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Queqiao

NSSDCA ID: QUEQIAO
COSPAR ID: 2018-045A

Description

Queqiao (or Queqaio 1) is the communications relay satellite for the Chang'e 4 lunar farside mission. It launched on 21 May 2018 and travelled to a halo orbit about the Earth-Moon L2 Lagrange point. From that position, it enabled communications between the Chang'e 4 lander on the lunar farside and the Earth. Launching with Queqiao were two scientific microsatellites, Longjiang-1 and Longjiang-2.

Spacecraft and Subsystems

The spacecraft is based on the CAST 100 small satellite platform, a rectilinear shaped, 1.4 x 1.4 x 0.85 meter bus. Total mass is 448.7 kg. The spacecraft is equipped with a 4.2 m diameter dish antenna for X-band communication, and a spiral S-band antenna. data rates to Earth can be up to 10 Mbits/s. Power of greater than 780 W is provided by a set of solar array wings composed of triple-junction GaAs solar cells and a 45 Ahr Li-ion storage battery with a 28 V power bus. Propulsion is a monopropellant hydrazine blow-down system, with four 20 N thrusters and twelve 5 N thrusters. 105 kg of propellant is held in two 70 liter tanks. The spacecraft is three-axis stabilized using four reaction wheels that can be desaturated by the thrusters, two star sensors, and two inertial measurement units.

In addition to its communication relay equipment, Queqiao will also carry the Netherlands-China Low Frequency Explorer (NCLE), a radio-astronomy experiment designed to measure radio emissions back to the early universe, study space weather, and observe the radio environment in the vicinity of the Earth and Moon. NLCE is described as a pathfinder experiment, experience with its operation and data is planned to be used to aid in the development of future radio astronomy instruments.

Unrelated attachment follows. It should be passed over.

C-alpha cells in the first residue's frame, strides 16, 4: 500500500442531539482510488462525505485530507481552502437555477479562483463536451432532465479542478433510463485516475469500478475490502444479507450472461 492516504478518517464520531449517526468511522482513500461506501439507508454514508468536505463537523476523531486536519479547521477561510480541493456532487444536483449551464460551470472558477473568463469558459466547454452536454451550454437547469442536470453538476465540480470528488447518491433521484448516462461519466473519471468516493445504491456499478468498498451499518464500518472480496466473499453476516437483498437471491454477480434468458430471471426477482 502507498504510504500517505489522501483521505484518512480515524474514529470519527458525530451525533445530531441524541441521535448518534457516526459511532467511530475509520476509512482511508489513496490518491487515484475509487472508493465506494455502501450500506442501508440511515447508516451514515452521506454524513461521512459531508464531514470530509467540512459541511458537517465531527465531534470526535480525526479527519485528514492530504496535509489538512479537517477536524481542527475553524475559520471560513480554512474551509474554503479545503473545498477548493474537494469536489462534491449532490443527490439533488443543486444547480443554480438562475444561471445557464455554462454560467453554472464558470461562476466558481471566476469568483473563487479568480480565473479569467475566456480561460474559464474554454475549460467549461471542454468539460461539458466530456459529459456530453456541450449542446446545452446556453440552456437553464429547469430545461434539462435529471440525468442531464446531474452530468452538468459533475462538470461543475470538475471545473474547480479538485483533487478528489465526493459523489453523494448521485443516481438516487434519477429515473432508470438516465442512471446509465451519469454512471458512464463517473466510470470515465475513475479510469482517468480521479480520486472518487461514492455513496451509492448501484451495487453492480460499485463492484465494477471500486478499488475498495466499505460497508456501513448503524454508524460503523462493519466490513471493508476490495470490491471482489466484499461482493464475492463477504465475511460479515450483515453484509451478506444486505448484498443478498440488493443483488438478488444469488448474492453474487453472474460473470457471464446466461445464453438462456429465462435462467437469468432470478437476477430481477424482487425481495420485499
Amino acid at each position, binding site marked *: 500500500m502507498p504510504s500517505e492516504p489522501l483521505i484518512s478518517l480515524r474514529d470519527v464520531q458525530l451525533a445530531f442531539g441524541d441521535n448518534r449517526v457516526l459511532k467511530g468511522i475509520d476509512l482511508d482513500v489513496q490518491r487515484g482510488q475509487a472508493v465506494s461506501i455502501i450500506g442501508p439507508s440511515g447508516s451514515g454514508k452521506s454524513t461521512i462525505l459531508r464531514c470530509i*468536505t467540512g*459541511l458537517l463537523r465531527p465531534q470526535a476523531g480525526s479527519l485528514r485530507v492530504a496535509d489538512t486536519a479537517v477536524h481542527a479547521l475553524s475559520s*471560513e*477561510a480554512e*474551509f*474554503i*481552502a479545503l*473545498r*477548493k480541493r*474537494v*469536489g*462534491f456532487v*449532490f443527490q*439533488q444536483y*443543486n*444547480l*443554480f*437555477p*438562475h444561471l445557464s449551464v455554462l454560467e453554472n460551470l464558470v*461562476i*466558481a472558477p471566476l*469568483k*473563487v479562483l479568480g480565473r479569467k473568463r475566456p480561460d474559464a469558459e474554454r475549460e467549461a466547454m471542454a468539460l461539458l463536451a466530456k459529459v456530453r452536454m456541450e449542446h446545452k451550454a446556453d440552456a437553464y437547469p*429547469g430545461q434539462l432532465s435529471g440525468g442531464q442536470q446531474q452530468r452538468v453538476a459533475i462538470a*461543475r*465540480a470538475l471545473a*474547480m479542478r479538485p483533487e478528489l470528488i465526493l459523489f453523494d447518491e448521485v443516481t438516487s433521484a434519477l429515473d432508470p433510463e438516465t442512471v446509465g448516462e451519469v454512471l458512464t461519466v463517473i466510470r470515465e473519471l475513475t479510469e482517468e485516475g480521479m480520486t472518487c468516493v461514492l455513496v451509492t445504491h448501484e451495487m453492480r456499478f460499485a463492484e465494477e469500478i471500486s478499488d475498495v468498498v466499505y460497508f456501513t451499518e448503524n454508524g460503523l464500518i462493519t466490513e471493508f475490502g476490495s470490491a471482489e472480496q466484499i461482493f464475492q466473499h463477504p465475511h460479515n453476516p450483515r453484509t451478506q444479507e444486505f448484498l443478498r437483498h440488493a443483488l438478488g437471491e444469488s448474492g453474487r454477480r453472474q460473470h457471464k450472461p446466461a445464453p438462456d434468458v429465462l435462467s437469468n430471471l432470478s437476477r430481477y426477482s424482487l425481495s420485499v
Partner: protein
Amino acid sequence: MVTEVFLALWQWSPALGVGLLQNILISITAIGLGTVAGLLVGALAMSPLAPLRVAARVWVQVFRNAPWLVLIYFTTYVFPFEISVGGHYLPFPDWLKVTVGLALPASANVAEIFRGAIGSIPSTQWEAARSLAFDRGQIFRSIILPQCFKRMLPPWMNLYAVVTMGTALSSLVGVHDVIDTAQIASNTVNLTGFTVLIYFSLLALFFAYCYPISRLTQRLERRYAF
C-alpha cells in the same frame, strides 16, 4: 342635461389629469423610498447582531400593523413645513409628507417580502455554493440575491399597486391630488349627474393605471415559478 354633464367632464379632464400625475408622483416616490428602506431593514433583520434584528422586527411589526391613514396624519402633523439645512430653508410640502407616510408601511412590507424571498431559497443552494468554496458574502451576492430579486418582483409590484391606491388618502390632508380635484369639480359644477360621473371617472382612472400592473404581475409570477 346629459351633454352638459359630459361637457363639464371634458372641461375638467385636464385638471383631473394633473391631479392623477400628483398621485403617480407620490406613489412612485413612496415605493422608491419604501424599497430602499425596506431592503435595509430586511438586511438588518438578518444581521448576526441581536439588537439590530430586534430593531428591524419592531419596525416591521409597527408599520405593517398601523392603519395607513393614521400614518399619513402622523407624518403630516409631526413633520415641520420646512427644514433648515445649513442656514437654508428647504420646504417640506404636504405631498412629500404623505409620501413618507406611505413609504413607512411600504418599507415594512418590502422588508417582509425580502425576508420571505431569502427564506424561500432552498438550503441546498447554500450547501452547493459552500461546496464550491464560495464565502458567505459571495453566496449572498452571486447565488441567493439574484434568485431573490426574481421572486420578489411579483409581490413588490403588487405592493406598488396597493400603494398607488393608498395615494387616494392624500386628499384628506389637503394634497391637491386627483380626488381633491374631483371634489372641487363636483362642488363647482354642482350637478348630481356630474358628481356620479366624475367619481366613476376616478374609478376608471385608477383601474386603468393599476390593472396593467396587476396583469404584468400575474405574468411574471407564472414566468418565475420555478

Mission Profile

Queqaio launched on 21 May 2018 at 5:28 a.m. local time (20 May 21:28 UT, 20 May 5:28 p.m. EDT) from Xichang Satellite Launch Center in China, on a Long March 4. After separation 1530 seconds after launch, and deployment of its solar arrays and antennas, Queqiao went into a lunar swingby transfer orbit to reach the L2 point. A braking maneuver at 100 km altitude from the Moon (203 m/s impulse for 912 s) put it into the correct trajectory for the L2 orbit insertion. It entered a halo orbit of roughly 35,000 km radius about the Earth-Moon L2 Lagrange point, a distance of 65,000 km from the Moon, with a 66 m/s delta-v burn on 14 June 2018. After entering orbit, Queqaio performed a number of on-orbit tests with Earth stations, and began communication with Chang'e 4 durign and after its landing on 3 January 2019. Communications continued throughout the Chang'e 4 mission, with X-band data rates of 125 bits/sec from Queqiao to Chang'e 4, and 555 kbits/s from the lander, and 285 kbits/s from the rover, to Queqaio.

Longjiang-1 and -2

The Longjiang-1 and -2 microsatellites each have a mass of 47 kg and carry radio astronomy instrumentation. Longjiang-2 also carried a Saudi Arabian built camera. The plan was to fly the satellites in close 300 x 3000 km orbits to permit astronomical interferometry, but Longjiang-1 failed to enter lunar orbit. Longjiang-2 entered a 350 x 13700 km altitude lunar orbit on 25 May. The microsatellites were developed by the Harbin Institute of Technology.

Queqiao means "Bridge of Magpies" referring to a Chinese folktale about magpies forming a bridge with their wings to allow Zhi Nu, the seventh daughter of the Goddess of Heaven, to reach her husband. Longjiang means "dragon river".

Alternate Names

  • 43470

Facts in Brief

Launch Date: 2018-05-20
Launch Vehicle: Long March 4
Launch Site: Xichang, Peoples Republic of China
Mass: 448.7 kg
Nominal Power: 780 W

Funding Agency

  • China National Space Administration (Peoples Republic of China)

Discipline

  • Planetary Science

Additional Information

Questions and comments about this spacecraft can be directed to: Dr. David R. Williams

 

Personnel

NameRoleOriginal AffiliationE-mail
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